Every single day in the office, at least once, the following conversation will take place:
“How the hell do you walk in those heels?”
To which I respond, with my trademarked (not really) smile:
I then, of course, give the person a short instruction on how to walk in heels because you can’t be arrogant all the time, y’know?
Now, I’ve been wearing heels properly since I was 14 years old and can still remember vividly the whole experience behind my first b’heeled purchase.
I had saved up some pocket money and was ready to buy a pair of shoes (that weren’t doc martens – it was the 90’s y’all) that I simply I knew would make my life complete. The shoes were black leather slip-ons with a block heel, and although there was a similar pair, which was far more fashionable with a higher heel, my mother had approved my purchase with on simple rule:
No heels taller than my index finger.
For the record, my index finger is shorter than the length of a credit card. I’m 5’2 so small hands and feet are a very real thing in my life.
Anyway, I loved these shoes and wore them as often as possible, and slowly but surely I started to gravitate away from my doc martens, and further towards the glamorous heels that the 90’s were providing.
Thank you, Spice Girls.
By the age of 16, my mother’s finger rule had gone out the window as I was now working a part time job and could spend my money however I chose – i.e., on shoes.
I was finally able to buy whatever heels I wanted, which involved many pairs of boots and my first pair of eccentric heels: a pair of black wedges, with a hot pink snakeskin upper.
I loved them.
Throughout the years, I’ve never had an issue wearing heels nor walking in them – there’s no calluses, no bunions on my feet, and it’s incredibly rare I ever have an ache or a pain. Sure, I may have grown up doing ballet and ballroom, but I can honestly say that doesn’t hold too much* bearing on my ability to wear and walk in heels comfortably.
I honestly believe that anyone can wear and walk in heels comfortably, as long as they follow a few simple guidelines. No matter how clumsy, ungraceful, or awkward you are (despite my dancing, I am hella awkward and clumsy) if you use the following tips and tricks, you’ll be strutting your stuff in no time:
Wear the shoe that fits
It’s tempting to buy shoes a little bit on the large size for the sake of “comfort” but this means your heel will slip in and out of the shoes easily, meaning walking in them will become not only awkward but dangerous. If you wear shoes that fit you properly, and a little snuggly (without pinching), they will grip your foot more firmly, meaning no slippage and no risk of a Cinderella moment.
No heels more than half the length of your foot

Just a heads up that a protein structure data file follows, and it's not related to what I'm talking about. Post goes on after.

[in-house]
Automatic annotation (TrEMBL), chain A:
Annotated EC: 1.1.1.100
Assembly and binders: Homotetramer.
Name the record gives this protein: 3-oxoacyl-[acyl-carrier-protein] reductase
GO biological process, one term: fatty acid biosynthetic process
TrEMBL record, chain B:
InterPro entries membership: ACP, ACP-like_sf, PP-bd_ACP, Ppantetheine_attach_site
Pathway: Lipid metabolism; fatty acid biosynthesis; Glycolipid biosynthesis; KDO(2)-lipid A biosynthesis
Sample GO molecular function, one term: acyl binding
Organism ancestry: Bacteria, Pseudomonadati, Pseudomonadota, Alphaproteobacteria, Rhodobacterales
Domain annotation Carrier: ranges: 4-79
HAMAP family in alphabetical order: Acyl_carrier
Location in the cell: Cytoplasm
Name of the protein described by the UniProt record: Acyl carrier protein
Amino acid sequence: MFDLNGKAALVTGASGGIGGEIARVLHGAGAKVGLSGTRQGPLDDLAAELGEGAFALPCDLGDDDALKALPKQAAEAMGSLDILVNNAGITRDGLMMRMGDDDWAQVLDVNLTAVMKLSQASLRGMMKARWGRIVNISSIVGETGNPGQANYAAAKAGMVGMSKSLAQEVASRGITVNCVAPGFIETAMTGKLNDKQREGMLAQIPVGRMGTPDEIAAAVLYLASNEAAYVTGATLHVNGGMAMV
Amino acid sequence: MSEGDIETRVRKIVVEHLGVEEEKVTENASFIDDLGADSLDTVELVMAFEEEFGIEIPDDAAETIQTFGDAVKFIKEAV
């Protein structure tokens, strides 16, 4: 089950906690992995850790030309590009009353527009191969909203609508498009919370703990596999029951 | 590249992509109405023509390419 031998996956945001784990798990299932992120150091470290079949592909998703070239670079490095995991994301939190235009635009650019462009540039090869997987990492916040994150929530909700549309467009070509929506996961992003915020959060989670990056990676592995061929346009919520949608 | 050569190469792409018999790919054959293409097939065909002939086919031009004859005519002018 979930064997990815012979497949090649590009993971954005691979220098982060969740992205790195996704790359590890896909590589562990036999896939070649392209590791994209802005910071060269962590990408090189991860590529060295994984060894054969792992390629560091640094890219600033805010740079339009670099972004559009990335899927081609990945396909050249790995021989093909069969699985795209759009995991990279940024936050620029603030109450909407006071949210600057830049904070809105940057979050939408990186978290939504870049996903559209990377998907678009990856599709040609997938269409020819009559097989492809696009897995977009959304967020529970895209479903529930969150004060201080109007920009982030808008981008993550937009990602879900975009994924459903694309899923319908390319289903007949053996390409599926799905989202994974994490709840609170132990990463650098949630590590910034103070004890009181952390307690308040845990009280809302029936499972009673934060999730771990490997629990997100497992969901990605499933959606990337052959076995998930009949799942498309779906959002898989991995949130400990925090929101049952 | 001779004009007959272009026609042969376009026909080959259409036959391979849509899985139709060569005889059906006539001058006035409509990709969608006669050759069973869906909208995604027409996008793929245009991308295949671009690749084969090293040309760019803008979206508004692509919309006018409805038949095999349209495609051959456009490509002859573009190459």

If your feet are more petite than a size 4, it means your feet are less than 22.5-23cm long. This means if you’re wearing a 5 inch heels, these heels are literally higher than half the length of your feet, which means they’ll be incredibly uncomfortable to wear: my feet are a size 3.5-4, so I limit myself to a 10cm heel. Of course, if the shoe has a platform, this rule can be broken, as long as the platform helps compensate for the heel height.
If someone “Stacks It” in Australia, it means they’ve fallen over. However, in the context of heels, if you are starting out in the world of High Heels, a wedge, stacked or blocked heel will help you on your way. These thicker style heels offer greater balance, are more comfortable to wear, and easier to walk in for the novice.
This one is obvious, but essential. If you don’t have confidence in your footwear, you’ll over compensate and end up walking like a t-rex. You know – hunched over, over balancing, etc. Be confident you can walk in those heels, and you’ll be amazed at just how different your stride is, and as such how much easier it is!
Strut your stuff
Now, this is the big secret to being able to walk in heels glamorously and more importantly – effortlessly.
Strut. Your. Stuff.
Seriously – watch a model walk down the catwalk, or a dancer walk onto the stage, and emulate this whilst walking in heels. Rather than walking with one foot placed straight in front of its original position, place one foot slightly in front of the other like a model or dancer does and you will suddenly find not only are those heels easy to walk in, but your posture straightens and you’re not just walking, you’re strutting.
Follow the above tips and you’ll be killin’ it in heels in no time.
Do you have any advice for wearing heels? Let me know in the comments!